Equipping the Generations: From Adopted to Adopting -- By: Justin Taylor
JFM 2:1 (Fall/Winter 2011) p. 82
Equipping the Generations:
From Adopted to Adopting
Justin Taylor is Vice President for Book Publishing at Crossway Books an elder at New Covenant Bible Church in St. Charles, Illinois, and blogs daily at “Between Two Worlds,” hosted by The Gospel Coalition. He and his wife have adopted three children. This article originally appeared at Boundless.org.
We were talking recently with our next-door neighbors, a family from India, when the topic of adoption came up. The father had some confident advice for us: “Make sure you never tell your kids they were adopted. It’s best that way.”
My neighbor is a very nice fellow but not exactly the sharpest knife in the drawer: Our son is African American, and my wife and I are Caucasian. We gently explained that we will tell them, it’s nothing to be ashamed of, and we suspected it would dawn on our son before too long anyway.
Adoption tends to be something appreciated or admired in America. But in other cultures, it’s often a stigma. A friend who is a missionary to Middle Easterners once told me the fascinating story of why adoption is often a taboo for Muslims.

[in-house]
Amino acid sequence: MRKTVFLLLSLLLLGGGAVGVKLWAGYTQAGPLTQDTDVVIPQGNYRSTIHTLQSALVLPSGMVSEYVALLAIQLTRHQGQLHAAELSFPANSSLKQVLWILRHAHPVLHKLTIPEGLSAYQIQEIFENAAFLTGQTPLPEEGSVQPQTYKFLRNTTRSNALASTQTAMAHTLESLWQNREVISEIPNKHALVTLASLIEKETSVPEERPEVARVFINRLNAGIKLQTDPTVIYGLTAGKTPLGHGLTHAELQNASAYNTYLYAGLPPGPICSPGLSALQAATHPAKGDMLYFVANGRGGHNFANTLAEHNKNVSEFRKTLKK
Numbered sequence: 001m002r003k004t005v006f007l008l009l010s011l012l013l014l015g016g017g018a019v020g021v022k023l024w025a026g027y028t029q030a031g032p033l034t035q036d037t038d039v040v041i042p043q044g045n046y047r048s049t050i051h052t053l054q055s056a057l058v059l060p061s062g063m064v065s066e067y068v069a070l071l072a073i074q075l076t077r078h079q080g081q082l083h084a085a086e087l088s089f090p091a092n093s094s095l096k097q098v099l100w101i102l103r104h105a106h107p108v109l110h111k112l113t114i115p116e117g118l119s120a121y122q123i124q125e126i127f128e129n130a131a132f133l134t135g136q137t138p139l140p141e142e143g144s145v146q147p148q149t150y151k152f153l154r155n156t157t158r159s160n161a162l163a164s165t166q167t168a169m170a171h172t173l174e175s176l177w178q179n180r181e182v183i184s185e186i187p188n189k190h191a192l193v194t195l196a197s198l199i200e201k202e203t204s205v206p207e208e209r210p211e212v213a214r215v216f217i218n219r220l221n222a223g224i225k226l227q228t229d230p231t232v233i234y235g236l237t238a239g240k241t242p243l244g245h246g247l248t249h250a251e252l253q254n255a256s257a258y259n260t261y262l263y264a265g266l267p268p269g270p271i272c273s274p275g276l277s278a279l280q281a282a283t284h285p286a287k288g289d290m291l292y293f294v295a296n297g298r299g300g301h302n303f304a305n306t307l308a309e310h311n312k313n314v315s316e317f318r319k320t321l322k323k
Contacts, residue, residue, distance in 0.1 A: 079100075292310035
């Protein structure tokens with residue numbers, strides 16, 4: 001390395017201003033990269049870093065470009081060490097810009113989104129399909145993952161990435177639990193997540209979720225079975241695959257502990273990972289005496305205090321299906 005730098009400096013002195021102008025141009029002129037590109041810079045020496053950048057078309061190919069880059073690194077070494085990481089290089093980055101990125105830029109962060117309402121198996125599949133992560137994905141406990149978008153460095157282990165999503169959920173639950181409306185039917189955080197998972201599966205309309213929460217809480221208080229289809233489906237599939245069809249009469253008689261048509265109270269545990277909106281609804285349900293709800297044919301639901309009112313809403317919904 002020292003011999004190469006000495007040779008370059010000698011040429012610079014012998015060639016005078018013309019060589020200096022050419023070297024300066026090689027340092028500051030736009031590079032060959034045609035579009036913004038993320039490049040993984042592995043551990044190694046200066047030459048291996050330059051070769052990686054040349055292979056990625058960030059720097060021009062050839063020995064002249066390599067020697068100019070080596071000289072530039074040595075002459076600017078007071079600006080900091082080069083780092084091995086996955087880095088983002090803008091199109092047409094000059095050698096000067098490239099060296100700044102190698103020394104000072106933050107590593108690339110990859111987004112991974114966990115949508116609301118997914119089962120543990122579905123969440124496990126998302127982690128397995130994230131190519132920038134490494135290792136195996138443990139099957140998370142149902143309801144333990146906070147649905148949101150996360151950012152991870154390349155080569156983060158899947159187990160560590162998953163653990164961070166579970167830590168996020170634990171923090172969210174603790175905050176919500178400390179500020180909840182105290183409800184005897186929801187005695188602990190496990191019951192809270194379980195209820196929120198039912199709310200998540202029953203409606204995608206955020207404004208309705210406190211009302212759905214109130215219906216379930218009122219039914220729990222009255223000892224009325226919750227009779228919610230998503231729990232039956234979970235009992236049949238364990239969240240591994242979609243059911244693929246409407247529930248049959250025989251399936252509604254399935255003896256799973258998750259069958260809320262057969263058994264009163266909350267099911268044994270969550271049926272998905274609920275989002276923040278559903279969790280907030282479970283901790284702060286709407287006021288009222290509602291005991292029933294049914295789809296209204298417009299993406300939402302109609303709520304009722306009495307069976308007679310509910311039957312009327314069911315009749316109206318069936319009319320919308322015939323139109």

Adoption In Islam
The prophet Mohammed had adopted a former slave named Zayd. When Zayd grew up he married a woman named Zaynab, with whom Mohammed himself eventually fell in love. Zayd divorced her in anger, and Mohammed took her as a wife. Soon afterward, Mohammed received a “revelation” from Allah making adoption illegal: “Allah does not regard...your adopted sons as your own.”
It is now legal for some Muslims to adopt, but there are a number of rules surrounding it. Adopted sons are to be named after their biological father instead of taking the surname of their adoptive parents. The Qur’an tells adoptive parents that they are simply the “trustees” of someone else’s child. Inheritance still comes from the birth parents, not the adoptive family. Adoptive siblings can even marry each other when they are grown. An adoptive family can refer to their adoptive son as a “son,” but they know that it’s really just a name to use, not a legal reality.
Adoption In Christianity
One of the problems in Islam, I think, is that they have a concept of Allah as creator and ruler—but there’s no concept of “the fatherhood of God.” Consequently, they do not have a concept of being spiritually and legally adopted into the household of faith, which is at the
JFM 2:1 (Fall/Winter 2011) p. 83
center of biblical Christianity.
The great theologian, J.I. Packer (whose three children are adopted), has written an attention-grabbing line in his cl...
Click here to subscribe